Etc., etc., piling up one desiccated legalism on another: "allegedly," "suspect," "charged." The president can't tell an allegedly alleged suspect (which is what he is in Obama fantasy-land) from an enemy combatant (which is what he is in cold hard reality). But worse than the complacent cop-show jargonizing was a phrase it's hard to read as anything other than a deliberate attempt to mislead the public: The president referred to the Knickerbomber as an "isolated extremist." By this time, it was already clear that young Umar had been radicalized by jihadist networks in London and fast-tracked to training in Yemen by terror operatives who understood the potentially high value of a westernized Muslim with excellent English from a respectable family. Yet President Obama tried to pass him off as some sort of lone misfit who wakes up one morning and goes bananas. Could happen to anyone.
But, if it takes the White House three days to react to an attack on the United States, their rapid-response unit can fire back in nothing flat when Dick Cheney speaks. "It is telling," huffed the president's communications director Dan Pfeiffer, "that Vice President Cheney and others seem to be more focused on criticizing the administration than condemning the attackers."
"Condemning the attackers"? What happened to all the allegedly alleged stuff? Shouldn't that be "condemning the alleged isolated attacker"? The communications director seems to be wandering a bit off-message here, whatever the message is: The system worked, so we're inconveniencing you even more. The system failed, but the alleged suspect is an isolated extremist, so why won't that cowardly squish Mr. Cheney have the guts to condemn the attacker and his vast network of associates?
The real message was conveyed by Fouad Ajami, discussing the new administration's foreign policy in the Wall Street Journal: "No despot fears Mr. Obama, and no blogger in Cairo or Damascus or Tehran, no demonstrator in those cruel Iranian streets, expects Mr. Obama to ride to the rescue." True. Another Iranian deadline passed on New Year's Eve, but the United States will set a new one for Groundhog Day or whenever. And, just as the thug states understand they now have the run of the planet, so do the terror cells. A thwarted terror attack at Christmas is bad enough. Spending the following week making yourself a global joke is worse. Every A-list despot and dimestore jihadist got that message loud and clear - and so did American allies already feeling semi-abandoned by this most parochial of presidents. Expect a bumpy 12 months ahead. Happy New Year.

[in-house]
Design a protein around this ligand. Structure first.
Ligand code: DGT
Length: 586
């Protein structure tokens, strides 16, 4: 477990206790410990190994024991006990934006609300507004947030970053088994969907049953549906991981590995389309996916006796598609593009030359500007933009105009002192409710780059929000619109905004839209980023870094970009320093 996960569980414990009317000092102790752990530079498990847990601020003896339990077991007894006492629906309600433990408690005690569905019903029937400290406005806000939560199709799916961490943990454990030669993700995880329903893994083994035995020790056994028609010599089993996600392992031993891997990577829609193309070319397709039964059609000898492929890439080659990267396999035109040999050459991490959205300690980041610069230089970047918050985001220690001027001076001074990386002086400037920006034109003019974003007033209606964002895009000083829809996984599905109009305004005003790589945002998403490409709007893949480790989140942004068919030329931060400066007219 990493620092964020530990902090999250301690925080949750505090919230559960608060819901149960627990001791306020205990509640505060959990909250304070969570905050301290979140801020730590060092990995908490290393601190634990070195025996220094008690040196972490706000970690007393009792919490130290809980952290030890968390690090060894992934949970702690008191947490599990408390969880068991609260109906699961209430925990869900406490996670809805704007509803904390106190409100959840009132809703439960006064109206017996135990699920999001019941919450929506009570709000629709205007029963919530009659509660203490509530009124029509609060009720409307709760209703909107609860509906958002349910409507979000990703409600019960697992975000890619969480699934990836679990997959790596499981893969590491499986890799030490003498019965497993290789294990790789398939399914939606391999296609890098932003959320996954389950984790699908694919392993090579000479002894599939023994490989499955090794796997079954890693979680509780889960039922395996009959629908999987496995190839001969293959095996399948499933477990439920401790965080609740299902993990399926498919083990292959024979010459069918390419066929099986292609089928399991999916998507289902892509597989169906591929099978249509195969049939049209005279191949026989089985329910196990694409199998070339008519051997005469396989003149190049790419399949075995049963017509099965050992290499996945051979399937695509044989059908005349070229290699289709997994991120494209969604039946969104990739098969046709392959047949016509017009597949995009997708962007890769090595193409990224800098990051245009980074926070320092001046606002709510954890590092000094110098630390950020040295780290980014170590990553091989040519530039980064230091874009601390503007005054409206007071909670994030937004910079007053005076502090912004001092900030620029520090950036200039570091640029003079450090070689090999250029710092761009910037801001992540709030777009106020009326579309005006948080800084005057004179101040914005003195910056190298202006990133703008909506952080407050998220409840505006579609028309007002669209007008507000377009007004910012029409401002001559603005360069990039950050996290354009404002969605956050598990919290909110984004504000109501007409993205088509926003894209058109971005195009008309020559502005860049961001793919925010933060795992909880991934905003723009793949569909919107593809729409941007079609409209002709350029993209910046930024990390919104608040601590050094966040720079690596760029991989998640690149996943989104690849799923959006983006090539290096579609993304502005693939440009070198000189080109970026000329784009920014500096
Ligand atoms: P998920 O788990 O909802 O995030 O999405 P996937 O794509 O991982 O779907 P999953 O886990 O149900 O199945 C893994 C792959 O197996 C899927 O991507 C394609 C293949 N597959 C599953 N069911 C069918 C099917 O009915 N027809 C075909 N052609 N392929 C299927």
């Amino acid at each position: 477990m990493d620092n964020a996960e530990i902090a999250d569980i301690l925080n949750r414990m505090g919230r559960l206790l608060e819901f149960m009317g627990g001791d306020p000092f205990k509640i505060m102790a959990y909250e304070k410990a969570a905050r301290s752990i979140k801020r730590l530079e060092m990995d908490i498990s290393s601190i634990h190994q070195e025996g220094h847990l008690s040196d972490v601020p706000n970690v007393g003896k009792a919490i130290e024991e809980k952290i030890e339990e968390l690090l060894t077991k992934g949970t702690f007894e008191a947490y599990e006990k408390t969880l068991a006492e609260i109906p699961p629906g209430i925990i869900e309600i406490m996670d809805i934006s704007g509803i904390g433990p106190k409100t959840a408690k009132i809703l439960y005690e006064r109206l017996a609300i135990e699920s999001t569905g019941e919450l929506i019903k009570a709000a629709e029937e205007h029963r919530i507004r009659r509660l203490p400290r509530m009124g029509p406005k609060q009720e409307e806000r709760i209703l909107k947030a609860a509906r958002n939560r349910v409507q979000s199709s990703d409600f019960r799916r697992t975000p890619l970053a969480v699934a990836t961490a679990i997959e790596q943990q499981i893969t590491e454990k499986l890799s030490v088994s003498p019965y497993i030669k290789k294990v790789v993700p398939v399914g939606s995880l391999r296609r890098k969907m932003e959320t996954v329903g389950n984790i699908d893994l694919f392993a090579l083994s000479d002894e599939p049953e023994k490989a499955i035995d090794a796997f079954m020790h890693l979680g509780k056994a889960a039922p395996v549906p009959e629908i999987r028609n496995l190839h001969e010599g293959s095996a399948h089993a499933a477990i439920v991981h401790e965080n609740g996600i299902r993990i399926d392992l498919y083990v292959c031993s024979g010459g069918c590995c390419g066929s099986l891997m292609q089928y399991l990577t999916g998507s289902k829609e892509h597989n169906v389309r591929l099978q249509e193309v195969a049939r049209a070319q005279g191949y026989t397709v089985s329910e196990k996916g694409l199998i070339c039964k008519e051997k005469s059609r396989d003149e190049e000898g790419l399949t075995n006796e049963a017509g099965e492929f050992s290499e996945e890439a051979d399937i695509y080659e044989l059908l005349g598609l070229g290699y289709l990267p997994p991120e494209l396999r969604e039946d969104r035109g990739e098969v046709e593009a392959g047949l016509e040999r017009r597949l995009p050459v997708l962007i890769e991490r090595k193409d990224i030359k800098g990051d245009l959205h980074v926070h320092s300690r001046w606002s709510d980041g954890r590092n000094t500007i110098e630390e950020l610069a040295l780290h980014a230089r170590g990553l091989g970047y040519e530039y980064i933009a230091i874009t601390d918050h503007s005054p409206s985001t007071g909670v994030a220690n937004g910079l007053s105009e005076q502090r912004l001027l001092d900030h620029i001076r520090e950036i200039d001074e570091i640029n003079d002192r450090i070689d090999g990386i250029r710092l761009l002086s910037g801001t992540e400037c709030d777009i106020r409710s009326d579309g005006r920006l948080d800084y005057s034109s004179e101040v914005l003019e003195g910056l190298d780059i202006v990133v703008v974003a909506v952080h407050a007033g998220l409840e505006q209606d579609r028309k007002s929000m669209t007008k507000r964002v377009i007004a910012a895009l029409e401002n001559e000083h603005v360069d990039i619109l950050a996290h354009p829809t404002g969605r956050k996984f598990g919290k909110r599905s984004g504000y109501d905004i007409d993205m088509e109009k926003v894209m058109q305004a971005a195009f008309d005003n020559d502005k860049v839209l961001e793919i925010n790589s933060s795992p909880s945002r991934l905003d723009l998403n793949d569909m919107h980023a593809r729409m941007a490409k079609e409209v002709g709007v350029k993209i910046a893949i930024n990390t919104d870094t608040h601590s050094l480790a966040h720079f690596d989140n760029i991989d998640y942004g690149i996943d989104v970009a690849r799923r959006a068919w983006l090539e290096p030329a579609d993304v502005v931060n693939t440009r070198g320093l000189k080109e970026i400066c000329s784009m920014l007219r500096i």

Mark Steyn is the author of the New York Times best-seller "America Alone" (Regnery, 2006).
From the Department of Homeland Security
TSA Statement on New Security Measures for International Flights to the U.S.
News & Happenings
January 3, 2010
Today, the Transportation Security Administration issued new security directives to all United States and international air carriers with inbound flights to the U.S. effective January 4, 2010.
The new directive includes long-term, sustainable security measures developed in consultation with law enforcement officials and our domestic and international partners.
Because effective aviation security must begin beyond our borders, and as a result of extraordinary cooperation from our global aviation partners, TSA is mandating that every individual flying into the U.S. from anywhere in the world traveling from or through nations that are state sponsors of terrorism or other countries of interest will be required to go through enhanced screening. The directive also increases the use of enhanced screening technologies and mandates threat-based and random screening for passengers on U.S. bound international flights.
From the FBI
|WHEN OFF-LINE IS BETTER
Another Way to Search Crime Records
Almost six million times a day, law enforcement officers from around the country conduct online searches of our electronic repository of criminal justice records called the National Crime Information Center (NCIC). They're looking for information and possible leads on fugitives, missing persons, terrorists, convicted sex offenders, violent gang members, stolen property, and more.